More Budget-Friendly Beef

CIA chef gives tips on beef cuts that won't break the bank.

By 
Lindsey Ramsey, Contributing Editor

In FSD’s July issue the Ingredients section took a closer look at budget friendly, but still delicious, cuts of beef. We spoke to Thomas Schneller, associate professor at The Culinary Institute of America in Hyde Park, N.Y. to get his take on teres major and a few other cuts of beef that deliver flavor without breaking the bank.

Teres major: Schneller says the teres major is a small, deep muscle cut that is part of the shoulder quad. Schneller says since it’s so small, it’s almost a portion on its own. It’s tender enough to make a medallion out of it, or it could be roasted or grilled whole and sliced.

“It’s only about a pound or pound and a half,” Schneller says. “They usually come in a packet of six. The cut reminds me of the tail of the tenderloin. It can be used as a little medallion or it can be cooked off whole and sliced. I have friends that cut it into a medallion shape and wrap it in bacon. Since it works like a tenderloin and the price isn’t anywhere close to a tenderloin, it is a great option for budget conscious operators. It’s often not quite half the price of a tenderloin. The trouble is availability. I have seen it on some purveyors’ lists but not all. If they have to special order it then the price structure could be different.”

Schneller also says he doesn’t consider chuck tenders, which should not be confused with teres major, a steak cut. Chuck tenders are also known as shoulder tenders.

“It’s a cut that I would consider a braiser,” Schneller says. “The chuck tender is more close to an eye round. I try to steer clear of it other than for braising.”

Chuck delmonico/chuck eye roll: This cut is a little piece off the chuck eye roll, which is where the chuck eye bumps into the ribeye. Schneller says he likes the chuck eye roll because if you take that off and roast it slow like a prime rib, it works like a prime rib.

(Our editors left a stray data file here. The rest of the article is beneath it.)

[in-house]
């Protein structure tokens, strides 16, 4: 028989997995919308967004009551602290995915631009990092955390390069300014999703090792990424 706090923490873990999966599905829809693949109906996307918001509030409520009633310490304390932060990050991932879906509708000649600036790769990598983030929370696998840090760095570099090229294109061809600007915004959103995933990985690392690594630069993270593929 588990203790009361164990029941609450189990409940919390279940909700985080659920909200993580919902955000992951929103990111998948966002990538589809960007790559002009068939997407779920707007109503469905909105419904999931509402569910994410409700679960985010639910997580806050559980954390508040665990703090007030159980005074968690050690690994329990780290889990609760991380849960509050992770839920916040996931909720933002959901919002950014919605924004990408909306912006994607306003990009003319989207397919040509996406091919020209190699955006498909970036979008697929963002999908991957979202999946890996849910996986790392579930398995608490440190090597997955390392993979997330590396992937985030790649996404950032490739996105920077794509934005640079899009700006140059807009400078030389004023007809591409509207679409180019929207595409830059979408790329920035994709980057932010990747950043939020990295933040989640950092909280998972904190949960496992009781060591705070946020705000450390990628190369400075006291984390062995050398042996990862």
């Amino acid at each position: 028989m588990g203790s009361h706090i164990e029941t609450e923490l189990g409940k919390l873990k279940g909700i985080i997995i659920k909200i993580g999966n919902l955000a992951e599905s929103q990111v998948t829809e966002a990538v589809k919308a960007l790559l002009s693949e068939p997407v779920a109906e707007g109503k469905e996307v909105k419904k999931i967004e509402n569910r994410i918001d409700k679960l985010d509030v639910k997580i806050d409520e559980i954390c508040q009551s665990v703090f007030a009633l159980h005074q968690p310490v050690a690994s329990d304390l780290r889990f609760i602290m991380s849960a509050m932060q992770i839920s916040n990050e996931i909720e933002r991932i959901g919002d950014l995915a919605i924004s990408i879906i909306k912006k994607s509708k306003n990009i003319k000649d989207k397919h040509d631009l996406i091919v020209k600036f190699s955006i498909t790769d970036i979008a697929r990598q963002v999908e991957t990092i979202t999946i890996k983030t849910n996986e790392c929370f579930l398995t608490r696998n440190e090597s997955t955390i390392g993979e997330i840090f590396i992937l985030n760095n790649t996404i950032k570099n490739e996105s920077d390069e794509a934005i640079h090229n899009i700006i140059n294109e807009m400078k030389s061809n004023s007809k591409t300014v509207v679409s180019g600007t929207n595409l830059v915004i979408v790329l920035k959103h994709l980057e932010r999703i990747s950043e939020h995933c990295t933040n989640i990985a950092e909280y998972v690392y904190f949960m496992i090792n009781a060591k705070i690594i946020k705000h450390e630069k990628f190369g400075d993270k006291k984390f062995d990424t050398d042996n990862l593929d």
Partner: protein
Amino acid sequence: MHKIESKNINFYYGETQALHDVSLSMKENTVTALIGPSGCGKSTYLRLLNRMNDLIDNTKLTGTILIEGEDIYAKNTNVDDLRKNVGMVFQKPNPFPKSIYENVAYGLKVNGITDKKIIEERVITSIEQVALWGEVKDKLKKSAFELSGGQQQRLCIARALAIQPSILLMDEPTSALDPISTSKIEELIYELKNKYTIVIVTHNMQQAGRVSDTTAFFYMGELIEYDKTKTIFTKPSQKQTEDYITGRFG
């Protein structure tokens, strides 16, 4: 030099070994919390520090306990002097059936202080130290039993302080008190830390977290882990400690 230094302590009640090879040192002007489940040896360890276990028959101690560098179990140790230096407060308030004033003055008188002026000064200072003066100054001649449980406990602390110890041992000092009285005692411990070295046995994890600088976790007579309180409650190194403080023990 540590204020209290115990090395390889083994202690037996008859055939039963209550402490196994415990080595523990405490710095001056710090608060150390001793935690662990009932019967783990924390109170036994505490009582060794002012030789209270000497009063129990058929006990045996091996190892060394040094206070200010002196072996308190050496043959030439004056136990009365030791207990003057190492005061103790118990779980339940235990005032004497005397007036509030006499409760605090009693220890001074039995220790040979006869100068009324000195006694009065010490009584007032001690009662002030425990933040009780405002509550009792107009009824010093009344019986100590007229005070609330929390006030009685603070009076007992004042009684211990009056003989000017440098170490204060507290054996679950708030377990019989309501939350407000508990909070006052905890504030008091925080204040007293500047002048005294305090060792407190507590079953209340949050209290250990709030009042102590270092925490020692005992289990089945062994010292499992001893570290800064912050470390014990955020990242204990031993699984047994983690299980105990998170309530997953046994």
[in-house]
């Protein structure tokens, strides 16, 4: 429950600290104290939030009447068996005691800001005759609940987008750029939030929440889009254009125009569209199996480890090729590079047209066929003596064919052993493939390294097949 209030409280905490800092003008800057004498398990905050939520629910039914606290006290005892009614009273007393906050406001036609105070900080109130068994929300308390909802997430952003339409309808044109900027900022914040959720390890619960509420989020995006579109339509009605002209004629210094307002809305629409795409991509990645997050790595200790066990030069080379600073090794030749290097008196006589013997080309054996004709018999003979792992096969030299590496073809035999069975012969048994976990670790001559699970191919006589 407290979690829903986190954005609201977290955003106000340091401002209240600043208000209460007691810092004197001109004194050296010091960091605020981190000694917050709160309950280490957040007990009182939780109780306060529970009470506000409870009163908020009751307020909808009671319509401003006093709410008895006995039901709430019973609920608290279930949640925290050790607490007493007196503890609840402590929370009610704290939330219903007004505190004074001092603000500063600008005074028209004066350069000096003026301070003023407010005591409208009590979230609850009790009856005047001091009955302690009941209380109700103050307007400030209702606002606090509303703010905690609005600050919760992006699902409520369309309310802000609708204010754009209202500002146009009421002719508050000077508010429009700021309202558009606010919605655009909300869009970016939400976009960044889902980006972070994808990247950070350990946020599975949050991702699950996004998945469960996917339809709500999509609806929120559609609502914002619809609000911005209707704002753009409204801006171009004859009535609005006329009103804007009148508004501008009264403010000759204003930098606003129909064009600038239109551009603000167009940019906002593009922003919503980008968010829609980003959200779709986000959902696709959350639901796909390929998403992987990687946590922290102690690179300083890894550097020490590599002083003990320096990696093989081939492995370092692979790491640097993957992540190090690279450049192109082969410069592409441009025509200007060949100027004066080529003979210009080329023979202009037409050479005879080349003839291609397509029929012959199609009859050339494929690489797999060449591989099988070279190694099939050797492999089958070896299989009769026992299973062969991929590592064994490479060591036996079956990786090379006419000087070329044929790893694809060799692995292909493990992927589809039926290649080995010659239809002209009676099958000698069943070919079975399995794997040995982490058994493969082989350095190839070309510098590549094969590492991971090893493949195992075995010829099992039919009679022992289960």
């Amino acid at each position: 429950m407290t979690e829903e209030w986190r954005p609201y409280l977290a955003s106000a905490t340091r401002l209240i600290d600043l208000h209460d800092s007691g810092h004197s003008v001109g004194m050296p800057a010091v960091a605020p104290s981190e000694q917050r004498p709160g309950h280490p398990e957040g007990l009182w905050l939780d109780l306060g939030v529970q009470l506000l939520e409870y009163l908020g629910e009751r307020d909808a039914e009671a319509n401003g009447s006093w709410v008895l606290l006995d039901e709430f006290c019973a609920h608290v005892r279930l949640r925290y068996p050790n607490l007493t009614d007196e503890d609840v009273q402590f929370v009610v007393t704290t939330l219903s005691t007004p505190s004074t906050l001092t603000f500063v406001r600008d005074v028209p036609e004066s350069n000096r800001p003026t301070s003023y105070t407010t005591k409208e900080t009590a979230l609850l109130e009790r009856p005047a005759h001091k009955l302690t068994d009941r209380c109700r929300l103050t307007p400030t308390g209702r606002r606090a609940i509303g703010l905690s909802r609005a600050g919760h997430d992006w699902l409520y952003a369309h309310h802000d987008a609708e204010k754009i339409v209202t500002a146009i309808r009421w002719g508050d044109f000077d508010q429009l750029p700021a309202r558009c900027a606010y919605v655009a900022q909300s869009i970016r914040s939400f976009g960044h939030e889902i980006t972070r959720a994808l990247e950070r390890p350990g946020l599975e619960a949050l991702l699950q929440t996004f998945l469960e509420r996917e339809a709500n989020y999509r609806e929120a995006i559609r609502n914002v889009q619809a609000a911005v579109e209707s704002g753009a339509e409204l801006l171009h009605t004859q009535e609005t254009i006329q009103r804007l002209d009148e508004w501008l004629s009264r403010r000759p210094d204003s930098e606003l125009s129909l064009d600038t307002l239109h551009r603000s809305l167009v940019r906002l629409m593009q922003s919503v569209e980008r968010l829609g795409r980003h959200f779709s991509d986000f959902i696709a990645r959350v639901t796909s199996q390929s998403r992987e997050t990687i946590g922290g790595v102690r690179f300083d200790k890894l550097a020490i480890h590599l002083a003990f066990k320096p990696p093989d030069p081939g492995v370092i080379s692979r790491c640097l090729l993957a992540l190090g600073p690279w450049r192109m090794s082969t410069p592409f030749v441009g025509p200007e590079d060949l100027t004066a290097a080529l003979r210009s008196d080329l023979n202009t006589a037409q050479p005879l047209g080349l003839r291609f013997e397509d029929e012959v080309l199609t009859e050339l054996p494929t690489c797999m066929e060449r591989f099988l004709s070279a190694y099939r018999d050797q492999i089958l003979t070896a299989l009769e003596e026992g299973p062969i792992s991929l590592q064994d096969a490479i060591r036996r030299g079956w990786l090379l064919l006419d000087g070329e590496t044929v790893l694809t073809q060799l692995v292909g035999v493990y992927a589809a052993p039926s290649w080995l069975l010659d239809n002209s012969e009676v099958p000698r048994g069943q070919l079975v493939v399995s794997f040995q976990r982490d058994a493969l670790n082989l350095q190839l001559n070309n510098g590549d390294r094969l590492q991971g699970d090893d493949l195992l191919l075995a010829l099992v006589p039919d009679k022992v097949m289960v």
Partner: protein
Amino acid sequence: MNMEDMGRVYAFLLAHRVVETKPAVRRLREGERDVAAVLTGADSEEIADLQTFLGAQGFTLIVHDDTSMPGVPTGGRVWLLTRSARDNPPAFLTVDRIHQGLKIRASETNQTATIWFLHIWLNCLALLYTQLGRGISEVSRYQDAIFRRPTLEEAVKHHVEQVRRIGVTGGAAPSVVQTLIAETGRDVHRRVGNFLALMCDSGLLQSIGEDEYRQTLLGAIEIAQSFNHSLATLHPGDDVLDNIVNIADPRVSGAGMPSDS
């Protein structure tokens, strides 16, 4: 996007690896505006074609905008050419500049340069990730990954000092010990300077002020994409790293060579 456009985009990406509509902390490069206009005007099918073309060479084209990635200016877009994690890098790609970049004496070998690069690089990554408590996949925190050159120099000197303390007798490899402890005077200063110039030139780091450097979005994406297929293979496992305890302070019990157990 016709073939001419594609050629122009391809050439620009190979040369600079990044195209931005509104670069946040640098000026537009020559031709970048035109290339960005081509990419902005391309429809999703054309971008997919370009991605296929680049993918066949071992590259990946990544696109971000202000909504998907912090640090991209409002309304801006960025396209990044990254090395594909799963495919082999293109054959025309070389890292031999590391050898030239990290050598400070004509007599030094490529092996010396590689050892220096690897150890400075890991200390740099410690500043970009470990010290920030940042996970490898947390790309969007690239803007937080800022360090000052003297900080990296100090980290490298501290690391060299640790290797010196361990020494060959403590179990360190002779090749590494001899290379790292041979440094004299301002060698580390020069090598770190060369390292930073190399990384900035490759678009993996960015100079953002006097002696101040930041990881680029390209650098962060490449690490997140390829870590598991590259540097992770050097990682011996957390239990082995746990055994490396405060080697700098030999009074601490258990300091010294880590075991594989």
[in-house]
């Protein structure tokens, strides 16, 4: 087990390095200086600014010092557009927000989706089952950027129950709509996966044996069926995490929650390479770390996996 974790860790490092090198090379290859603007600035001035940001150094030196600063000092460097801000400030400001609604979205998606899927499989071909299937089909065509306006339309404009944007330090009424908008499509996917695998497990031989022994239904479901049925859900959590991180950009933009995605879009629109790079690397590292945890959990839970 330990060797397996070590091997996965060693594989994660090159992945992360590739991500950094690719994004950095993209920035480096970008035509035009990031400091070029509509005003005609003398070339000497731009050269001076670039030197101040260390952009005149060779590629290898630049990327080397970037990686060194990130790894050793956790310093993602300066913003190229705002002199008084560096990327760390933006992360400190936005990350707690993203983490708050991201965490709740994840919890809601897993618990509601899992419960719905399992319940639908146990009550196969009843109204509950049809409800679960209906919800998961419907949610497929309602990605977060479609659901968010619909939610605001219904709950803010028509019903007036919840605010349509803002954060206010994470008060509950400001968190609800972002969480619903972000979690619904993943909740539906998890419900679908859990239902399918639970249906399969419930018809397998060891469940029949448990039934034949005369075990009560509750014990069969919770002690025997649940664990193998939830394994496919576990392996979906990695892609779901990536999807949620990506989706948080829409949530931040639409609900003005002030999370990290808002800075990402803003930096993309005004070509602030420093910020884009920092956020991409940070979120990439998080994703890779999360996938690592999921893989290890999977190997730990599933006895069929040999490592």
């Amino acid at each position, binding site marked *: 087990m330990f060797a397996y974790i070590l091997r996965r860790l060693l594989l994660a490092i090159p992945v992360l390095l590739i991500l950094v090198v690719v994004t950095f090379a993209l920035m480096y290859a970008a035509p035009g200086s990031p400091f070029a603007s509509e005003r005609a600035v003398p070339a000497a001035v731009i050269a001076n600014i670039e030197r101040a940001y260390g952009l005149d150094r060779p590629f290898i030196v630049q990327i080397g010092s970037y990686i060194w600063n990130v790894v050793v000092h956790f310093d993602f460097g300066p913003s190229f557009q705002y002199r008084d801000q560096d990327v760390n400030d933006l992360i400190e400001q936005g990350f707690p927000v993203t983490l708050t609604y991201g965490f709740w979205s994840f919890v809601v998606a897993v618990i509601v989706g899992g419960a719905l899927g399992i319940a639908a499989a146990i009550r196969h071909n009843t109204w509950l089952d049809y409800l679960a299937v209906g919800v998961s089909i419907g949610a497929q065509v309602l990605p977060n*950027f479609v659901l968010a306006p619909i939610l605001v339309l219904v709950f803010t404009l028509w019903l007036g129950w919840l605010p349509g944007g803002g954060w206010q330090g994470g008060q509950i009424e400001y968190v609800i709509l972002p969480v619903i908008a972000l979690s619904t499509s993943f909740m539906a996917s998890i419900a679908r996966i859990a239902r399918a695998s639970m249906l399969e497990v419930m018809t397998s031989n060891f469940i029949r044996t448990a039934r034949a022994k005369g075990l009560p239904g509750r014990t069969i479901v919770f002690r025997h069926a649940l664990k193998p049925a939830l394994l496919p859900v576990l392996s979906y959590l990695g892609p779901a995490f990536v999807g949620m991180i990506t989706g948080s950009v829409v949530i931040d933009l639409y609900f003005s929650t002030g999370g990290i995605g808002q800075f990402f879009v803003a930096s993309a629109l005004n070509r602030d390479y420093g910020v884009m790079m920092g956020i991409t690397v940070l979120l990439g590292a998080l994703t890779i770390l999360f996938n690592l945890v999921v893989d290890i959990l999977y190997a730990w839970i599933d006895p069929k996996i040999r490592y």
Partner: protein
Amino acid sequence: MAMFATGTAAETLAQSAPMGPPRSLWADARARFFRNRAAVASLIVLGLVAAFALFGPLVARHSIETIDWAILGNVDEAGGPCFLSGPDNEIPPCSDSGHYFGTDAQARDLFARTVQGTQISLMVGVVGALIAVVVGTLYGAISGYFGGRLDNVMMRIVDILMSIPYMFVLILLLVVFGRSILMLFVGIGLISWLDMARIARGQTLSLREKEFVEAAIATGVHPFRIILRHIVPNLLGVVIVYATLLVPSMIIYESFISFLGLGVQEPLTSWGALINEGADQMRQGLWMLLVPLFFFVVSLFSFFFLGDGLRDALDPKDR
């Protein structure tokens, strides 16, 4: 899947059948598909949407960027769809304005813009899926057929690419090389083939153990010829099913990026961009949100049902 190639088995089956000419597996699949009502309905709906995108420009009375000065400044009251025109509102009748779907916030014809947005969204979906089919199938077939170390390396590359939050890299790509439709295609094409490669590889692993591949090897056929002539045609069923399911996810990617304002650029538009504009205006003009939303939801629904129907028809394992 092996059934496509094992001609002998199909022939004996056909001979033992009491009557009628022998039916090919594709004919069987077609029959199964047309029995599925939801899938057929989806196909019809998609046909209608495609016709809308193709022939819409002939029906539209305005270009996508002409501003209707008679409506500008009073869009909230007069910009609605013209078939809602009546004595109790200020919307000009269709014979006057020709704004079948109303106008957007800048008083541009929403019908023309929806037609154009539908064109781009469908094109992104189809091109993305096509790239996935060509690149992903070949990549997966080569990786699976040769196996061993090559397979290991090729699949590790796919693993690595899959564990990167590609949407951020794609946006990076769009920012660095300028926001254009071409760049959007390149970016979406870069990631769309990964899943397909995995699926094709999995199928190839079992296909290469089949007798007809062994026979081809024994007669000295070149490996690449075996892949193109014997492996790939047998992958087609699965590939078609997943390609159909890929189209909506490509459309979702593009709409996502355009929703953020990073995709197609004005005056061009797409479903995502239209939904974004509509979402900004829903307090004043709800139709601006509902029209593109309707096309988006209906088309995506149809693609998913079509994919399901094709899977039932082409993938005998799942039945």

“It’s got excellent flavor,” Schneller says. “Plus, it’s a lot cheaper than a ribeye. What I like about it is it’s got a lot of sectioning to it. So I open it up and season the inside of it, then tie it closed and slow roast it. It’s a little bit tougher than a ribeye. A lot of places would consider it a braiser but if you slow roast it it’s really quite good. A long slow roast helps to tenderize it some.”

Flatiron: This cut, says Schneller, is the top blade that is separated through the middle. The cut has a long collagen band that runs through the middle of it. Schneller says if you take that band out then you have two flat steaks that resemble a flank steak, but are more tender.

“They are excellent for grilling and sliced steaks and things like that,” Schneller says. “The flatiron has gotten a name all on its own. People are starting to recognize it. It’s a good steak. There is this other piece called the under blade. Chefs are isolating the under blade muscle, and if you cook that one like a brisket or barbecue it’s excellent.” 

Keywords: 
menu development

More From FoodService Director

Ideas and Innovation
chicken wings

We started advertising our chicken wings as halal wings with assorted sauces. Our inspiration was to inform customers of an option that was available but not widely known. By changing our approach to our marketing efforts, we were able to exponentially increase participation in the consumption of our halal menu items.

Managing Your Business
busy kitchen

While catering a wedding for a previous employer years ago, Rahul Shrivastav—now director of catering at University of Michigan—found himself in a panic when an elevator malfunction put salad service on hold. “The wedding was in a very old building and the elevator had issues,” he says. “We had 200 plated salads in the freight elevator when it got stuck. The dinner needed to start—they were doing their toasts.” In a panic, Shrivastav hustled up a plan B: His team would station a chef outside the ballroom, and he’d plate new salads right there.

Luckily, the elevator was fixed in...

Menu Development
beau rivage resort blended burger

Stealth health is so 1998. When author Evelyn Tribole’s original book on sneaking healthy add-ons into meals was published nearly 20 years ago, there may have been a genuine nutrition need to fill. But as today’s diners are increasingly requesting more produce at the center of the plate, another need has taken the lead: a desire for creativity. Here’s how operators are openly blending meat with other ingredients—or eliminating animal products entirely—to take protein to another level.

In April, dining halls at Yale University in New Haven, Conn., began offering the Beyond Burger, a...

Ideas and Innovation
desserts plate

We’re knocking down a wall in our bar area, which will create a more inviting atmosphere and allow us to host a coffee and dessert bar in the space on off nights when the bar is closed.

FSD Resources